I would suggest the Paleo diet would be a good place for you to find the information you need. I typically diet based on the anabolic diet but this is a more specific type for weight lifters so I would not recommend this for you.
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Old 10-24-2011, 05:54 PM   #15 (permalink)
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You've got a very good insight and interesting scenario there sjd01.

We are a family of diabetic so I am really interested to learn more about how I can prevent it while I am still young.
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Old 10-28-2011, 12:43 AM   #16 (permalink)
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800 calories is not enough. The body will always try to adjust to what it is given, (homeostasis) if you won't give it enough food it will respond by lowering your metabolism. At that point you will be starving (and tired) and not losing weight. It (your body) will hold onto your fat for dear life! This will happen at some point; sooner for some, later for others.

I went thru this and my trainer explained to me why I had stopped losing weight despite dropping my calories. I know it seems almost intuitive to us, less calories = more weight loss, not always the case. As soon as I raised my calories to 1200 I started losing again.

I strive to get at least 120 gm protein, 20 to 30 gms fat and the rest in carbs. I choose low glycemic carb sources like whole grains, beans and fruit.
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Old 10-29-2011, 11:34 AM   #17 (permalink)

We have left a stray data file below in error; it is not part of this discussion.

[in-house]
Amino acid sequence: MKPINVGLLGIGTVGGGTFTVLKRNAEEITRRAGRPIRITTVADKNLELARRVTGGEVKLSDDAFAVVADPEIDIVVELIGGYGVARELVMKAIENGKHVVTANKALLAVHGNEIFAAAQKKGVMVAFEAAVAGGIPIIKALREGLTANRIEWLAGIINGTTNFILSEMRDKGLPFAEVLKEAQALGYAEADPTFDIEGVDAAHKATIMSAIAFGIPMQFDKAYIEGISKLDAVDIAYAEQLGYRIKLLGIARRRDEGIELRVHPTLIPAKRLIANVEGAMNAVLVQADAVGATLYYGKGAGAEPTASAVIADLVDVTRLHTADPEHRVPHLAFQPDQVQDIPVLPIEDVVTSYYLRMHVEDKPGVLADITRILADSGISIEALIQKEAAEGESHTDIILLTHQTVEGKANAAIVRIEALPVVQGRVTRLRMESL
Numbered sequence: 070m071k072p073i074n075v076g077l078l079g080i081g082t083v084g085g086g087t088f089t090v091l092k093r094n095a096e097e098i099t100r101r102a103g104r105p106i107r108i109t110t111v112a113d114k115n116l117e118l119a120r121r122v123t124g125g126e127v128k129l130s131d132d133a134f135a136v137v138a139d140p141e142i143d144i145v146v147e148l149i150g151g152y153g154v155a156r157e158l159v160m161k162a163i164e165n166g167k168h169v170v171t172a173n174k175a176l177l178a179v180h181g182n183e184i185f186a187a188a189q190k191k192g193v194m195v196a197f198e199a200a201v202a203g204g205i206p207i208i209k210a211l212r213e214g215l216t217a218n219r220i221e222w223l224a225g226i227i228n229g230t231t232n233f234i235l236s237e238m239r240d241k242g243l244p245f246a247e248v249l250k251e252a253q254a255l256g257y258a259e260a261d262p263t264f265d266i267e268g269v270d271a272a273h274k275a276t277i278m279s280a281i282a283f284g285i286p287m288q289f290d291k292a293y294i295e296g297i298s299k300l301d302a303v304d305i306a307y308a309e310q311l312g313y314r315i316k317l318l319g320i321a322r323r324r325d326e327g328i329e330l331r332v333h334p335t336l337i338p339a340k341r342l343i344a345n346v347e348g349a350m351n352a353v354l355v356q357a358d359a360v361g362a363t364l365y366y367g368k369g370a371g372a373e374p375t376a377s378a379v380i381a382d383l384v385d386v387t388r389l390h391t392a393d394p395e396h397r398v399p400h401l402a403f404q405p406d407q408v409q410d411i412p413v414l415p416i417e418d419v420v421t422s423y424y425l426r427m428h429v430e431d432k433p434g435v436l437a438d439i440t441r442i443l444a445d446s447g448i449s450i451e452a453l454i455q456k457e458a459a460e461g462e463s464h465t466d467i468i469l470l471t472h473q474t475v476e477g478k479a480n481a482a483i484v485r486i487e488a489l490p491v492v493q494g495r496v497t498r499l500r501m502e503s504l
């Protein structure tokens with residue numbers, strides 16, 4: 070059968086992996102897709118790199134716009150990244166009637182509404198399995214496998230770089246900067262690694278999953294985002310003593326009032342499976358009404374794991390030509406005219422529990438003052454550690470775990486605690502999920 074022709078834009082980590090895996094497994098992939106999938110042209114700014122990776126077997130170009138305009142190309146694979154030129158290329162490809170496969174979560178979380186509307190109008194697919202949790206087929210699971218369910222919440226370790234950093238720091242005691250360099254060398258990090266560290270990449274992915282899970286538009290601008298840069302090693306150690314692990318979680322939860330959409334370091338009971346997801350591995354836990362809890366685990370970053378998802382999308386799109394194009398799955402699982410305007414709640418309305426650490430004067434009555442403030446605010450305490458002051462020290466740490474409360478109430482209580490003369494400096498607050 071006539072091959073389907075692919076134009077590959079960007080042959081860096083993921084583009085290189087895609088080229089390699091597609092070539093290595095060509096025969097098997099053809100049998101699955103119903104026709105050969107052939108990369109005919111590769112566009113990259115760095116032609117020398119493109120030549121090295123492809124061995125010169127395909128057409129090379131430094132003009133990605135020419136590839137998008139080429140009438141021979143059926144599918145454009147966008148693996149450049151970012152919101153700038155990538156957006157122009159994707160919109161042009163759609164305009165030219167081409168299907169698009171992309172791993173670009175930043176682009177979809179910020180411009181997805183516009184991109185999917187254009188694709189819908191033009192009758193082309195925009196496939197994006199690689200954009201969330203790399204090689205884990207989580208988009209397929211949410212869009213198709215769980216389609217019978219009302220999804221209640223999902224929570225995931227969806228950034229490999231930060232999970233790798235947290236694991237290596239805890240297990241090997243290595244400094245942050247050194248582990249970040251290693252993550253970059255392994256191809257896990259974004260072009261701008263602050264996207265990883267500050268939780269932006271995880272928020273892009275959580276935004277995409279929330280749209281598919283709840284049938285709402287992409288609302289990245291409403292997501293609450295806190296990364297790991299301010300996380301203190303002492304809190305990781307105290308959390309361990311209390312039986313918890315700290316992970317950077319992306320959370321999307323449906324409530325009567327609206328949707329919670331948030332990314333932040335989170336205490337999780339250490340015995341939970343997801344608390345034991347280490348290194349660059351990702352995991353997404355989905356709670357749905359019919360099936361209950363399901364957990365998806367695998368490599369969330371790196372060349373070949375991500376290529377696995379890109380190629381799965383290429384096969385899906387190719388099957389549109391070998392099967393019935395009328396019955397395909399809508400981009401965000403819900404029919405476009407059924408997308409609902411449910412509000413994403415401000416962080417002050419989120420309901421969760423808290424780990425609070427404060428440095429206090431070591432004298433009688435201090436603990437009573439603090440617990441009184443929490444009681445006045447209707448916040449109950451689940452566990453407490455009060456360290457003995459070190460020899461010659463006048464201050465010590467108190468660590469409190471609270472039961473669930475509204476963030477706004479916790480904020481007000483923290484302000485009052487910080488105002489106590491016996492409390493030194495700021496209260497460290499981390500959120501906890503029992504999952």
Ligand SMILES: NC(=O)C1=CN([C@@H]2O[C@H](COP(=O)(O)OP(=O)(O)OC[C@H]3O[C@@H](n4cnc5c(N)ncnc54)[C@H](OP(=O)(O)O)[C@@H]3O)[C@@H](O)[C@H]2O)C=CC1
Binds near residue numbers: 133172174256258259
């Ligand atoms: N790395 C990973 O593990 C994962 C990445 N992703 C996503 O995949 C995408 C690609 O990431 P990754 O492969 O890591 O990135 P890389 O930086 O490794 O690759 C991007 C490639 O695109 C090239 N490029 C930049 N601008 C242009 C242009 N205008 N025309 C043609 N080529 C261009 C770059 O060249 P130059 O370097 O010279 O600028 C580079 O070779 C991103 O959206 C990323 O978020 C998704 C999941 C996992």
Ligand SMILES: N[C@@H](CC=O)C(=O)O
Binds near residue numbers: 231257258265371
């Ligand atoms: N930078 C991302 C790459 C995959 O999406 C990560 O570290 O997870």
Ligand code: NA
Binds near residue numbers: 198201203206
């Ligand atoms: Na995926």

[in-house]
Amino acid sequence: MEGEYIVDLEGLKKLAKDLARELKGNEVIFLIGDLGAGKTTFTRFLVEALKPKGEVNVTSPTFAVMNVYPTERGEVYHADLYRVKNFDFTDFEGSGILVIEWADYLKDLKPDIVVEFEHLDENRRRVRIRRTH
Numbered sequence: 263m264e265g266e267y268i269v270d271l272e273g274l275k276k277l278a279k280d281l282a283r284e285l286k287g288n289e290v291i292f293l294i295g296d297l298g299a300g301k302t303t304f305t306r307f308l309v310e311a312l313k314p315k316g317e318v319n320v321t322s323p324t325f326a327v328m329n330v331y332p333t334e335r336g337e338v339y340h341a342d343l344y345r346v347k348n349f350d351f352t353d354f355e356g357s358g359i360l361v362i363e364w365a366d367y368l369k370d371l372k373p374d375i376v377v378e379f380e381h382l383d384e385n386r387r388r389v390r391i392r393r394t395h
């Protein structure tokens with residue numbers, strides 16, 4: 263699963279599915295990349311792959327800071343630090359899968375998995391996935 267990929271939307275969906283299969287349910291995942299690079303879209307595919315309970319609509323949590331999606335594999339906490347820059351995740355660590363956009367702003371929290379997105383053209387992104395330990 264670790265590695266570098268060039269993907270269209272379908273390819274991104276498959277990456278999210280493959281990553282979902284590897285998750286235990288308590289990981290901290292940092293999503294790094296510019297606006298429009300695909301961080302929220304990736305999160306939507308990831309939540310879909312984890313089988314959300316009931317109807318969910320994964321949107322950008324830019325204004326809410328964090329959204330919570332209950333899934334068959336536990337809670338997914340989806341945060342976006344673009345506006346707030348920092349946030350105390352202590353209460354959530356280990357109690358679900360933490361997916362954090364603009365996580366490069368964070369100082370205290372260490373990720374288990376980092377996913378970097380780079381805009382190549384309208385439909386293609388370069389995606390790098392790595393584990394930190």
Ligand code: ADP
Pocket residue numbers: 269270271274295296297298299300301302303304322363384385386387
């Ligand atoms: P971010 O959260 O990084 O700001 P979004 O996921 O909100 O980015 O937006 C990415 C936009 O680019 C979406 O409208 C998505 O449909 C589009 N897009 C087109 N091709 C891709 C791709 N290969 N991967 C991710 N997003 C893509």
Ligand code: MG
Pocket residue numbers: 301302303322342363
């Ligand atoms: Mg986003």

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Originally Posted by jen39376 View Post
I am not looking for a slow process diet, I want it over!!
[

It will never be over, you have to maintain for the rest of your life, which will always mean watching calories to some degree. You can eat a bit more on maintenance than when you're actively trying to lose, but only a bit. The sooner you accept this the sooner you can work on lifestyle changes you can live with for as long as you live.

Quote:
I know it’s not the “healthy” way
You admit this and yet you still want to do it? The minimum for women is usually 1200 calories, for men 1500 calories, and if you have an active lifestyle you may need more. Personally I tend to average around 1400 but I have days when I go higher and I've lost 60 lbs. already since last summer.

If you're not willing to do the work and wait for it then you will regain the weight later. You can't just go back to eating 'normal' and expect not to be at the size you were before. Then all that strain was put on your body for no good reason.

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but I am not starving myself or fasting so how unhealthy can it be?
Really? Does your body know that?

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So if anyone can help me out with the carb to fat ratio, I would be so grateful, I have gone on so many websites researching that I am more confused then ever.
Go eat an avocado for goodness sakes.
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Old 12-02-2011, 02:49 PM   #18 (permalink)
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jen...Go buy an Atkins book! The latest one, The New Atkins for a New You (NANY), gives a lot of information on the types of carbs we need and how much fat/protein we should get for a healthy body. I've forgotten what else I was going to say, but you need to educate yourself and then use what works for your body. If you can't buy the book, go to the Atkins website and take some of their web classes. You'll love the information and the Atkins Nutritional Approach (ANA) is research-based and very easy to follow.